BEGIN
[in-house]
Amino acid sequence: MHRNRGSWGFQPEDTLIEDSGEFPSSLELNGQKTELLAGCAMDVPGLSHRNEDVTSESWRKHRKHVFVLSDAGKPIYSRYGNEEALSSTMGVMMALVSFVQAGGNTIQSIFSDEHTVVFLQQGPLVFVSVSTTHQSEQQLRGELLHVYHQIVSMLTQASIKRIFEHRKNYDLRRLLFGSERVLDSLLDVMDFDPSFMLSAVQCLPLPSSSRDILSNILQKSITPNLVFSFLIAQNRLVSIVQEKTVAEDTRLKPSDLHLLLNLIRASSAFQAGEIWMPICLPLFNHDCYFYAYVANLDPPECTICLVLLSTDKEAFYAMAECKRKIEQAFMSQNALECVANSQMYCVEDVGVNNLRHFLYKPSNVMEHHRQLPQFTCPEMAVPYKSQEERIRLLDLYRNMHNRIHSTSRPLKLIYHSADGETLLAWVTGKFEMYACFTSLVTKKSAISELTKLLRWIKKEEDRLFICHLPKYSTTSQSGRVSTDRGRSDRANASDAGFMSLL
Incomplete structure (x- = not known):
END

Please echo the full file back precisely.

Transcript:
[in-house]
Amino acid sequence: MHRNRGSWGFQPEDTLIEDSGEFPSSLELNGQKTELLAGCAMDVPGLSHRNEDVTSESWRKHRKHVFVLSDAGKPIYSRYGNEEALSSTMGVMMALVSFVQAGGNTIQSIFSDEHTVVFLQQGPLVFVSVSTTHQSEQQLRGELLHVYHQIVSMLTQASIKRIFEHRKNYDLRRLLFGSERVLDSLLDVMDFDPSFMLSAVQCLPLPSSSRDILSNILQKSITPNLVFSFLIAQNRLVSIVQEKTVAEDTRLKPSDLHLLLNLIRASSAFQAGEIWMPICLPLFNHDCYFYAYVANLDPPECTICLVLLSTDKEAFYAMAECKRKIEQAFMSQNALECVANSQMYCVEDVGVNNLRHFLYKPSNVMEHHRQLPQFTCPEMAVPYKSQEERIRLLDLYRNMHNRIHSTSRPLKLIYHSADGETLLAWVTGKFEMYACFTSLVTKKSAISELTKLLRWIKKEEDRLFICHLPKYSTTSQSGRVSTDRGRSDRANASDAGFMSLL
Incomplete structure (x- = not known):